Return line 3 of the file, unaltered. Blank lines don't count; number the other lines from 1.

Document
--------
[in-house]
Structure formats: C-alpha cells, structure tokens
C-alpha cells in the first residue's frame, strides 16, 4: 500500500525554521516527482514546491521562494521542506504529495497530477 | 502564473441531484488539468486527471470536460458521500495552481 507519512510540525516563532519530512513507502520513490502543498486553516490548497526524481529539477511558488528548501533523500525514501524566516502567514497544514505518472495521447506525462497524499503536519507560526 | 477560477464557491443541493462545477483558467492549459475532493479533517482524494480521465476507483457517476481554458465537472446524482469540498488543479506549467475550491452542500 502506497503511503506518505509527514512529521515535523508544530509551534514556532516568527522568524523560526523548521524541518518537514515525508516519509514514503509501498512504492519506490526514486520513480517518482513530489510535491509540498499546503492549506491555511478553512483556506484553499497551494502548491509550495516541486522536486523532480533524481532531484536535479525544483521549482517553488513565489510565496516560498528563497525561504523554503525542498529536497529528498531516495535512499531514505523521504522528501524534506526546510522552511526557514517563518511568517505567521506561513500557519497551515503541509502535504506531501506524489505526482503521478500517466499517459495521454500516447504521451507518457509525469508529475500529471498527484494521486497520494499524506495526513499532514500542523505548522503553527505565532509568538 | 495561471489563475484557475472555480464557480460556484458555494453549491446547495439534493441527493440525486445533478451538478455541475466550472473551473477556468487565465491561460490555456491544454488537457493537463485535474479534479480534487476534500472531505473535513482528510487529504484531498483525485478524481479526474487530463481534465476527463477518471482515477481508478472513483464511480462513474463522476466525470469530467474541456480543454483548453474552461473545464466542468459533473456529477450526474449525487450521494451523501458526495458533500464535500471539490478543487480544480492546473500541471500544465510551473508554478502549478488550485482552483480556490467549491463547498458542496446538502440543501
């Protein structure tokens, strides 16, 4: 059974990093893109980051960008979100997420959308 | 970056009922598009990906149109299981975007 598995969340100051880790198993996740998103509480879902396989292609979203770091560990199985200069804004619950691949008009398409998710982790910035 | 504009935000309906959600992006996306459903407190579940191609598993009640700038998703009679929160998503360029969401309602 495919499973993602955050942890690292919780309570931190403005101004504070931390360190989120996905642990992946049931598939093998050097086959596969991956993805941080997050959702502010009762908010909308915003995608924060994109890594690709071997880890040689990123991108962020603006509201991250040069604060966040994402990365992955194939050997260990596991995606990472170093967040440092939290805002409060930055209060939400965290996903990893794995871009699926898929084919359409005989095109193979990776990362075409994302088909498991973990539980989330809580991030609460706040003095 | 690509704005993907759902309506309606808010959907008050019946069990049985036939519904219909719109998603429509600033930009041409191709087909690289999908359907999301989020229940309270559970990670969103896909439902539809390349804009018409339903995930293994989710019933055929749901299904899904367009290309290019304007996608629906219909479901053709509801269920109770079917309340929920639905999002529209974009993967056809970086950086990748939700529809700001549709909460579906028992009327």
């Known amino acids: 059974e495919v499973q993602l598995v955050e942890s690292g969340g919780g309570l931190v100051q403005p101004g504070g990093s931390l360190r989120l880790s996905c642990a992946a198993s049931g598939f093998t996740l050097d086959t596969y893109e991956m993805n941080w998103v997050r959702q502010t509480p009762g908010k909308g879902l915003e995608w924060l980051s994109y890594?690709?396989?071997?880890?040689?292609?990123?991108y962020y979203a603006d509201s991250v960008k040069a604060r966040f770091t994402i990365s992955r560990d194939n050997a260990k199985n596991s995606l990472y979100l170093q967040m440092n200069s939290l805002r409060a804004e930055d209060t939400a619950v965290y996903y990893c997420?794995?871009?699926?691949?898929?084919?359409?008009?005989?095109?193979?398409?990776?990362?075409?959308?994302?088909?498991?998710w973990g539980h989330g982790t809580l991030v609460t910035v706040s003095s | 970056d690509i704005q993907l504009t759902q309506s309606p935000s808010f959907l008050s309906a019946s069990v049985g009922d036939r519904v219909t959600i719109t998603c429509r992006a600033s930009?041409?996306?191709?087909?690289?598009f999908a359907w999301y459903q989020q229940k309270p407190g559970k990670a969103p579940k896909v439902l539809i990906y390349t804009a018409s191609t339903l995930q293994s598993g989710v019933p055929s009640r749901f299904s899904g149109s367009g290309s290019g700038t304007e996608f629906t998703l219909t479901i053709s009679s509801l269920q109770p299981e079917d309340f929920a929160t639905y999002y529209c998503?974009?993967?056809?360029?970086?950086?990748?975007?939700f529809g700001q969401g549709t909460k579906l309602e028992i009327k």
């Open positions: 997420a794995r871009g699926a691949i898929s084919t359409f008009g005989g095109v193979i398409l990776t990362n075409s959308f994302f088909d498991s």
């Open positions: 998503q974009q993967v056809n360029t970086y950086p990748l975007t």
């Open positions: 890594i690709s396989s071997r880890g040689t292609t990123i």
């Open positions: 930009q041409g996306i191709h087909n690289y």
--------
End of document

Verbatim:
C-alpha cells in the first residue's frame, strides 16, 4: 500500500525554521516527482514546491521562494521542506504529495497530477 | 502564473441531484488539468486527471470536460458521500495552481 507519512510540525516563532519530512513507502520513490502543498486553516490548497526524481529539477511558488528548501533523500525514501524566516502567514497544514505518472495521447506525462497524499503536519507560526 | 477560477464557491443541493462545477483558467492549459475532493479533517482524494480521465476507483457517476481554458465537472446524482469540498488543479506549467475550491452542500 502506497503511503506518505509527514512529521515535523508544530509551534514556532516568527522568524523560526523548521524541518518537514515525508516519509514514503509501498512504492519506490526514486520513480517518482513530489510535491509540498499546503492549506491555511478553512483556506484553499497551494502548491509550495516541486522536486523532480533524481532531484536535479525544483521549482517553488513565489510565496516560498528563497525561504523554503525542498529536497529528498531516495535512499531514505523521504522528501524534506526546510522552511526557514517563518511568517505567521506561513500557519497551515503541509502535504506531501506524489505526482503521478500517466499517459495521454500516447504521451507518457509525469508529475500529471498527484494521486497520494499524506495526513499532514500542523505548522503553527505565532509568538 | 495561471489563475484557475472555480464557480460556484458555494453549491446547495439534493441527493440525486445533478451538478455541475466550472473551473477556468487565465491561460490555456491544454488537457493537463485535474479534479480534487476534500472531505473535513482528510487529504484531498483525485478524481479526474487530463481534465476527463477518471482515477481508478472513483464511480462513474463522476466525470469530467474541456480543454483548453474552461473545464466542468459533473456529477450526474449525487450521494451523501458526495458533500464535500471539490478543487480544480492546473500541471500544465510551473508554478502549478488550485482552483480556490467549491463547498458542496446538502440543501